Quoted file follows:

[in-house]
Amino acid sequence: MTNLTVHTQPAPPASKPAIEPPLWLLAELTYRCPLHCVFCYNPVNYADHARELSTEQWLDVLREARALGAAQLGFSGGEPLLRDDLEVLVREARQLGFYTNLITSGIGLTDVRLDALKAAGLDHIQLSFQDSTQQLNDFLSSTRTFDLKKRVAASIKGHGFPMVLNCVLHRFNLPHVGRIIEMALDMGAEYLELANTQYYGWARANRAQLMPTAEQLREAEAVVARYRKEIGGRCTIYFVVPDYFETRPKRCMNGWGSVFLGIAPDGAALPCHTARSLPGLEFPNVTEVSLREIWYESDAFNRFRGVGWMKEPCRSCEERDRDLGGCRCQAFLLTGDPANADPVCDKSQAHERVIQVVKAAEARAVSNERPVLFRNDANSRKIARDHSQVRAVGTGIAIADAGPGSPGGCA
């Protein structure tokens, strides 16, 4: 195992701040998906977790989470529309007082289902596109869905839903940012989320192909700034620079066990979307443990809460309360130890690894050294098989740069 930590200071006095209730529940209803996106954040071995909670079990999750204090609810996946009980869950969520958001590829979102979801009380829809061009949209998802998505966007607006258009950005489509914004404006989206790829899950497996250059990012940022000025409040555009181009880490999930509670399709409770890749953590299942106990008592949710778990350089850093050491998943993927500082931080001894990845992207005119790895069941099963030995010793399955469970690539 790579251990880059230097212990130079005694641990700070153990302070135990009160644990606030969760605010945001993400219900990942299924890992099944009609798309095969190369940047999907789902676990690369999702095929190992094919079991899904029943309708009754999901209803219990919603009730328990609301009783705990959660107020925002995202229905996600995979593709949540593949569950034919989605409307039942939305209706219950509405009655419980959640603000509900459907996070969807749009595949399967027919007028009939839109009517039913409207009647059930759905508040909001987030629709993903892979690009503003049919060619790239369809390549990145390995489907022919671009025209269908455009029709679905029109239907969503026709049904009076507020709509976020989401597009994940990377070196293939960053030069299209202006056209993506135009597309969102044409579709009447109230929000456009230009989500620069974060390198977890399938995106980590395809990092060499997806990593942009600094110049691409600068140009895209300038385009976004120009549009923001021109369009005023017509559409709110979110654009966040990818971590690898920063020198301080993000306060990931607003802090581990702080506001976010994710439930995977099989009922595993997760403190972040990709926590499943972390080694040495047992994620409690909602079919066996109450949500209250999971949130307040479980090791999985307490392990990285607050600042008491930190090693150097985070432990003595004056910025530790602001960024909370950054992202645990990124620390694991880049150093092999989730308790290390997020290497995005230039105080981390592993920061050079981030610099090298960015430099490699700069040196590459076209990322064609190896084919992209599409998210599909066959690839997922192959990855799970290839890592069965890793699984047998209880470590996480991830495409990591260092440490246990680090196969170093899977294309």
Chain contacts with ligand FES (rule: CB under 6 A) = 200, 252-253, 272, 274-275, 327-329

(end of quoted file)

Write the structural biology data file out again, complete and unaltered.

[in-house]
Amino acid sequence: MTNLTVHTQPAPPASKPAIEPPLWLLAELTYRCPLHCVFCYNPVNYADHARELSTEQWLDVLREARALGAAQLGFSGGEPLLRDDLEVLVREARQLGFYTNLITSGIGLTDVRLDALKAAGLDHIQLSFQDSTQQLNDFLSSTRTFDLKKRVAASIKGHGFPMVLNCVLHRFNLPHVGRIIEMALDMGAEYLELANTQYYGWARANRAQLMPTAEQLREAEAVVARYRKEIGGRCTIYFVVPDYFETRPKRCMNGWGSVFLGIAPDGAALPCHTARSLPGLEFPNVTEVSLREIWYESDAFNRFRGVGWMKEPCRSCEERDRDLGGCRCQAFLLTGDPANADPVCDKSQAHERVIQVVKAAEARAVSNERPVLFRNDANSRKIARDHSQVRAVGTGIAIADAGPGSPGGCA
């Protein structure tokens, strides 16, 4: 195992701040998906977790989470529309007082289902596109869905839903940012989320192909700034620079066990979307443990809460309360130890690894050294098989740069 930590200071006095209730529940209803996106954040071995909670079990999750204090609810996946009980869950969520958001590829979102979801009380829809061009949209998802998505966007607006258009950005489509914004404006989206790829899950497996250059990012940022000025409040555009181009880490999930509670399709409770890749953590299942106990008592949710778990350089850093050491998943993927500082931080001894990845992207005119790895069941099963030995010793399955469970690539 790579251990880059230097212990130079005694641990700070153990302070135990009160644990606030969760605010945001993400219900990942299924890992099944009609798309095969190369940047999907789902676990690369999702095929190992094919079991899904029943309708009754999901209803219990919603009730328990609301009783705990959660107020925002995202229905996600995979593709949540593949569950034919989605409307039942939305209706219950509405009655419980959640603000509900459907996070969807749009595949399967027919007028009939839109009517039913409207009647059930759905508040909001987030629709993903892979690009503003049919060619790239369809390549990145390995489907022919671009025209269908455009029709679905029109239907969503026709049904009076507020709509976020989401597009994940990377070196293939960053030069299209202006056209993506135009597309969102044409579709009447109230929000456009230009989500620069974060390198977890399938995106980590395809990092060499997806990593942009600094110049691409600068140009895209300038385009976004120009549009923001021109369009005023017509559409709110979110654009966040990818971590690898920063020198301080993000306060990931607003802090581990702080506001976010994710439930995977099989009922595993997760403190972040990709926590499943972390080694040495047992994620409690909602079919066996109450949500209250999971949130307040479980090791999985307490392990990285607050600042008491930190090693150097985070432990003595004056910025530790602001960024909370950054992202645990990124620390694991880049150093092999989730308790290390997020290497995005230039105080981390592993920061050079981030610099090298960015430099490699700069040196590459076209990322064609190896084919992209599409998210599909066959690839997922192959990855799970290839890592069965890793699984047998209880470590996480991830495409990591260092440490246990680090196969170093899977294309």
Chain contacts with ligand FES (rule: CB under 6 A) = 200, 252-253, 272, 274-275, 327-329